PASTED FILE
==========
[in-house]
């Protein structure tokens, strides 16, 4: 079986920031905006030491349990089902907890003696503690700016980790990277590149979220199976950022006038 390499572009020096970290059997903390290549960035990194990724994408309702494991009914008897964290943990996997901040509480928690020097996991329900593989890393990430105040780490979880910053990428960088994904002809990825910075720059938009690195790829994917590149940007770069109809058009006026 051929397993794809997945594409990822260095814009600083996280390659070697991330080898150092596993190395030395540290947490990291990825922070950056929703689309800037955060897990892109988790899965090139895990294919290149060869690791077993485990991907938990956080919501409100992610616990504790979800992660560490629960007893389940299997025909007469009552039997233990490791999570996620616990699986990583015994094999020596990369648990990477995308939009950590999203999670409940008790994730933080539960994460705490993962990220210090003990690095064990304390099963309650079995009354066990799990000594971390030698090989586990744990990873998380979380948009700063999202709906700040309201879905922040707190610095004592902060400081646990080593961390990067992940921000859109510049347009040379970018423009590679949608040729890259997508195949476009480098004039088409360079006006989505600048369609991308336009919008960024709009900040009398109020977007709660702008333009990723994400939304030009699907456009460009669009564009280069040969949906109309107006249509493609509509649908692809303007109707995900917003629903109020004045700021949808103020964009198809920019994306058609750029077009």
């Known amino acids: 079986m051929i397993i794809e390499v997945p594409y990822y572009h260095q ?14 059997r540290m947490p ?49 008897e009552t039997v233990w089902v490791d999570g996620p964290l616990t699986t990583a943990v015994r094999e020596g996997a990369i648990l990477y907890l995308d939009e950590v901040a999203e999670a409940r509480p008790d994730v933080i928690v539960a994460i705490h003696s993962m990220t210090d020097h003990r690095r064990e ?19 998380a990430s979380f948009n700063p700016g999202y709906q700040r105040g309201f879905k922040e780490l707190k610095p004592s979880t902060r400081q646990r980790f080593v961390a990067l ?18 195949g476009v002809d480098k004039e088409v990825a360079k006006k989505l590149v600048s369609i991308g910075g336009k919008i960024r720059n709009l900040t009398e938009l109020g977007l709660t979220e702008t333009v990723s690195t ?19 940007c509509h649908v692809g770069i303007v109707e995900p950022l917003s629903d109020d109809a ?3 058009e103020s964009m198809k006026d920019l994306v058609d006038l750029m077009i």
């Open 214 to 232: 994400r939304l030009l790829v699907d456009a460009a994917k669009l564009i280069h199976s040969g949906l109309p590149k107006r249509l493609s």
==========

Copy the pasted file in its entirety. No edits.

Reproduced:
[in-house]
């Protein structure tokens, strides 16, 4: 079986920031905006030491349990089902907890003696503690700016980790990277590149979220199976950022006038 390499572009020096970290059997903390290549960035990194990724994408309702494991009914008897964290943990996997901040509480928690020097996991329900593989890393990430105040780490979880910053990428960088994904002809990825910075720059938009690195790829994917590149940007770069109809058009006026 051929397993794809997945594409990822260095814009600083996280390659070697991330080898150092596993190395030395540290947490990291990825922070950056929703689309800037955060897990892109988790899965090139895990294919290149060869690791077993485990991907938990956080919501409100992610616990504790979800992660560490629960007893389940299997025909007469009552039997233990490791999570996620616990699986990583015994094999020596990369648990990477995308939009950590999203999670409940008790994730933080539960994460705490993962990220210090003990690095064990304390099963309650079995009354066990799990000594971390030698090989586990744990990873998380979380948009700063999202709906700040309201879905922040707190610095004592902060400081646990080593961390990067992940921000859109510049347009040379970018423009590679949608040729890259997508195949476009480098004039088409360079006006989505600048369609991308336009919008960024709009900040009398109020977007709660702008333009990723994400939304030009699907456009460009669009564009280069040969949906109309107006249509493609509509649908692809303007109707995900917003629903109020004045700021949808103020964009198809920019994306058609750029077009």
């Known amino acids: 079986m051929i397993i794809e390499v997945p594409y990822y572009h260095q ?14 059997r540290m947490p ?49 008897e009552t039997v233990w089902v490791d999570g996620p964290l616990t699986t990583a943990v015994r094999e020596g996997a990369i648990l990477y907890l995308d939009e950590v901040a999203e999670a409940r509480p008790d994730v933080i928690v539960a994460i705490h003696s993962m990220t210090d020097h003990r690095r064990e ?19 998380a990430s979380f948009n700063p700016g999202y709906q700040r105040g309201f879905k922040e780490l707190k610095p004592s979880t902060r400081q646990r980790f080593v961390a990067l ?18 195949g476009v002809d480098k004039e088409v990825a360079k006006k989505l590149v600048s369609i991308g910075g336009k919008i960024r720059n709009l900040t009398e938009l109020g977007l709660t979220e702008t333009v990723s690195t ?19 940007c509509h649908v692809g770069i303007v109707e995900p950022l917003s629903d109020d109809a ?3 058009e103020s964009m198809k006026d920019l994306v058609d006038l750029m077009i």
């Open 214 to 232: 994400r939304l030009l790829v699907d456009a460009a994917k669009l564009i280069h199976s040969g949906l109309p590149k107006r249509l493609s």